If you use plastics in your ferments, your best choice is those made from either #2 grade, #4 grade, #5 grade, or polycarbonate.
All the information can be daunting. Shopping for plastic means checking labels and understanding container recycling symbols.
To make this easier, three brand recommendations are below for food-safe fermentation containers made with plastic. When shopping, look for these brands or order them online to make your life easier.
Crazy Korean containers are known for their suitability in fermentation. This company designs plastic fermentation containers made with high-quality plastic. So it can withstand the acidity of fermented vegetables and other items. They're mainly for kimchi but suitable for various fermented foods and drinks.
The company guarantees that all its products are BPA-free, DEHP-free, and lead-free. This means no harmful chemicals can leach into the food. They make the containers by mixing polypropylene plastic with 7-10% natural clay for the best porosity. Most of the containers are safe for temperatures between -22°F and 284°F.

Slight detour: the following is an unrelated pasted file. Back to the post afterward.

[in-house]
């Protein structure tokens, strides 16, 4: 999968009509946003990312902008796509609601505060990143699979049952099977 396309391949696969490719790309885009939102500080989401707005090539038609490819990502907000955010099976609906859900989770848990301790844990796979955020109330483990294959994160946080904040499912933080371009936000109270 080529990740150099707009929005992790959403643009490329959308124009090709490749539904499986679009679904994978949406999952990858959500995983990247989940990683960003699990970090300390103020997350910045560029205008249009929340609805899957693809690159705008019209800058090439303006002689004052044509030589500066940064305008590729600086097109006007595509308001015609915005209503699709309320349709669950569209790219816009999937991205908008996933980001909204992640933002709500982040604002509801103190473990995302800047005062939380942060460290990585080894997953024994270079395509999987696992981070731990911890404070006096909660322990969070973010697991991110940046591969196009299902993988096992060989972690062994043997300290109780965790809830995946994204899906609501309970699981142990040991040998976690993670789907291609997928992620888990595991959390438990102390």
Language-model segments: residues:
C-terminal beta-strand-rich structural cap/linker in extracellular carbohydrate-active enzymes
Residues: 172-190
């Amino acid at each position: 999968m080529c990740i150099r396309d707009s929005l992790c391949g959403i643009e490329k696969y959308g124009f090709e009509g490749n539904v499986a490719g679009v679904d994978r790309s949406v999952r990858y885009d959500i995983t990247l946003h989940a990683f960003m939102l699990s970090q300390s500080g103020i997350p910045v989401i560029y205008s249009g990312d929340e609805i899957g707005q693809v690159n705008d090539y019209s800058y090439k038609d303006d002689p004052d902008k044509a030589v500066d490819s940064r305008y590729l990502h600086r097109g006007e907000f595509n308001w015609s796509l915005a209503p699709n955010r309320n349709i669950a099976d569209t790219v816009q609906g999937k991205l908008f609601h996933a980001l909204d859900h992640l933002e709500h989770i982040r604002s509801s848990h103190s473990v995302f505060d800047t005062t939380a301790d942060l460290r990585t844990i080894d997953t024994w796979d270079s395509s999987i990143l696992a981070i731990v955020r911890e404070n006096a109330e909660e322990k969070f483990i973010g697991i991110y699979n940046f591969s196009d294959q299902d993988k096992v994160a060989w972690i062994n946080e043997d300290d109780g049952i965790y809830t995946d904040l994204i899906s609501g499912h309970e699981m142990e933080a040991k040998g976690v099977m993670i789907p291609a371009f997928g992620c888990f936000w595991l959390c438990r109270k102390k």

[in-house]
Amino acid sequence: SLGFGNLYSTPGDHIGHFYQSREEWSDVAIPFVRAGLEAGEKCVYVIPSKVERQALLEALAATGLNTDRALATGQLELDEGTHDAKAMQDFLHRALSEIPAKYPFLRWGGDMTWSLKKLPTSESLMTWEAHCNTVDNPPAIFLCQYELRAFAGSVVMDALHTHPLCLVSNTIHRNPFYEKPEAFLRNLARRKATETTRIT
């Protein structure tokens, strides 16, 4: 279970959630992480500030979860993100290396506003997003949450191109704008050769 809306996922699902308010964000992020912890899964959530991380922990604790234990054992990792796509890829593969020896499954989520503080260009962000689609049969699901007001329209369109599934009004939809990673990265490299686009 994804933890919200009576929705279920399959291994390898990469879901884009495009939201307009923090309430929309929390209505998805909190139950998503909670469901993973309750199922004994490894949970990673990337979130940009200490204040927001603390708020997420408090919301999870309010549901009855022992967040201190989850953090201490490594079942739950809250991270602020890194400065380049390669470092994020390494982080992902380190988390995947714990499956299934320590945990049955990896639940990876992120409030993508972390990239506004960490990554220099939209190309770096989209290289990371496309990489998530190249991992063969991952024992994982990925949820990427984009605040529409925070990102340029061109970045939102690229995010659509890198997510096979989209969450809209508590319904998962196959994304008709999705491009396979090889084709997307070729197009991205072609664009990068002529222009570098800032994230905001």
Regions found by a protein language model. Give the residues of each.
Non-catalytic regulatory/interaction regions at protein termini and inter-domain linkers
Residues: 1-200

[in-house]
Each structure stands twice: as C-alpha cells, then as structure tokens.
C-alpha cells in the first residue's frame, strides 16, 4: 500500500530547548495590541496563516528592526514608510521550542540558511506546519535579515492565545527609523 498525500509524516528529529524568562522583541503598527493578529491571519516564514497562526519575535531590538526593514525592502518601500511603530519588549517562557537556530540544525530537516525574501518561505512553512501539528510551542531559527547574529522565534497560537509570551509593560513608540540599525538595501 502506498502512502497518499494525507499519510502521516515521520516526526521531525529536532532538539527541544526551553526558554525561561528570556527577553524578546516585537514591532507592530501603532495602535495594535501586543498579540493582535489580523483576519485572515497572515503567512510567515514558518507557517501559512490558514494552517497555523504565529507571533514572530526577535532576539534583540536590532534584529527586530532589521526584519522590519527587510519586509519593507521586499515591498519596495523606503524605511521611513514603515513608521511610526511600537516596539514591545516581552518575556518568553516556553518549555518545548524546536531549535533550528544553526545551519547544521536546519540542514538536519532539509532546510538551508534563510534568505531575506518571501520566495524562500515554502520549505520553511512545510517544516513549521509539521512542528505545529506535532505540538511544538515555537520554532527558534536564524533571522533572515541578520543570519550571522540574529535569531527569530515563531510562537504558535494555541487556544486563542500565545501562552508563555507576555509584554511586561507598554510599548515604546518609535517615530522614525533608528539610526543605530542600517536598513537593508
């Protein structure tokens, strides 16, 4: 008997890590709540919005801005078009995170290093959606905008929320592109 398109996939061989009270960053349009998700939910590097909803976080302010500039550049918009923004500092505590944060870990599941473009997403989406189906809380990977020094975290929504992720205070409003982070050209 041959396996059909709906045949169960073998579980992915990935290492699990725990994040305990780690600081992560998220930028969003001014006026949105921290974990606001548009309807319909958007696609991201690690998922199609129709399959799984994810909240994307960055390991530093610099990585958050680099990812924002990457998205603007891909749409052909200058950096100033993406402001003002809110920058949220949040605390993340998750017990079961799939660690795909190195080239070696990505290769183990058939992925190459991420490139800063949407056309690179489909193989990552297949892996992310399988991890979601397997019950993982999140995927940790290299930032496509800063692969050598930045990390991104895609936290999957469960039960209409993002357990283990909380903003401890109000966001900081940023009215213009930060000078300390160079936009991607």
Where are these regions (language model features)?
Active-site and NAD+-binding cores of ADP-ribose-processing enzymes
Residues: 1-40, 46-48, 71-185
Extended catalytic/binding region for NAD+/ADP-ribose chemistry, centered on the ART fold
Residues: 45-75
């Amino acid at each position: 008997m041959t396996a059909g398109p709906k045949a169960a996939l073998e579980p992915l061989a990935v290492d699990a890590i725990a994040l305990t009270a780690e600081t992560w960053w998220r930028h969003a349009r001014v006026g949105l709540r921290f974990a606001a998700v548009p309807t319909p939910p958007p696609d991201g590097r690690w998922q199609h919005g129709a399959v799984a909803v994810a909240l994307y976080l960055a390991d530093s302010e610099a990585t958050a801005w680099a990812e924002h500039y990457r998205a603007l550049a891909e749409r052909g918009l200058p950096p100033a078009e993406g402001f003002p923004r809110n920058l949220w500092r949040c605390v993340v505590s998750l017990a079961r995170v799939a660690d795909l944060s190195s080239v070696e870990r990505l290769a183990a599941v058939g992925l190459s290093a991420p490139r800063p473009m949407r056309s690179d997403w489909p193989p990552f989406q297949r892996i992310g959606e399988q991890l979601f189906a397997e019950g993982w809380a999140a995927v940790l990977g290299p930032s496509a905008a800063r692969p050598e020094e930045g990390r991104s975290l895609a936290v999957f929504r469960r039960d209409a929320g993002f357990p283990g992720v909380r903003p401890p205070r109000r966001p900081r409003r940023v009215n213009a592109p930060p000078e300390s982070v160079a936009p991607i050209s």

- The original sandy brown colored container for foods with strong color
- The Perfect fermentation and storage container combining the ancient Korean Onggi principle with modern andeasy-to-use technology
- It protects the surface of the food and the crispy texture and vibrant color are maximized.
- The adjustable inner vacuum lid to minimize air inside, keeps the food fresh and slows down decomposition process.
- High quality polypropylene plastic mixed with 7-10% natural clay for optimal porosity.
Last update on 2023-11-27 / Affiliate links / Images from Amazon Product Advertising API
Another reliable choice for fermenting vegetables is e-Jen containers. The e-Jen fermentation containers are incredibly like the Crazy Korean containers. They use polypropylene plastic for all their containers. Some are mixed with clay, like the Crazy Korean containers.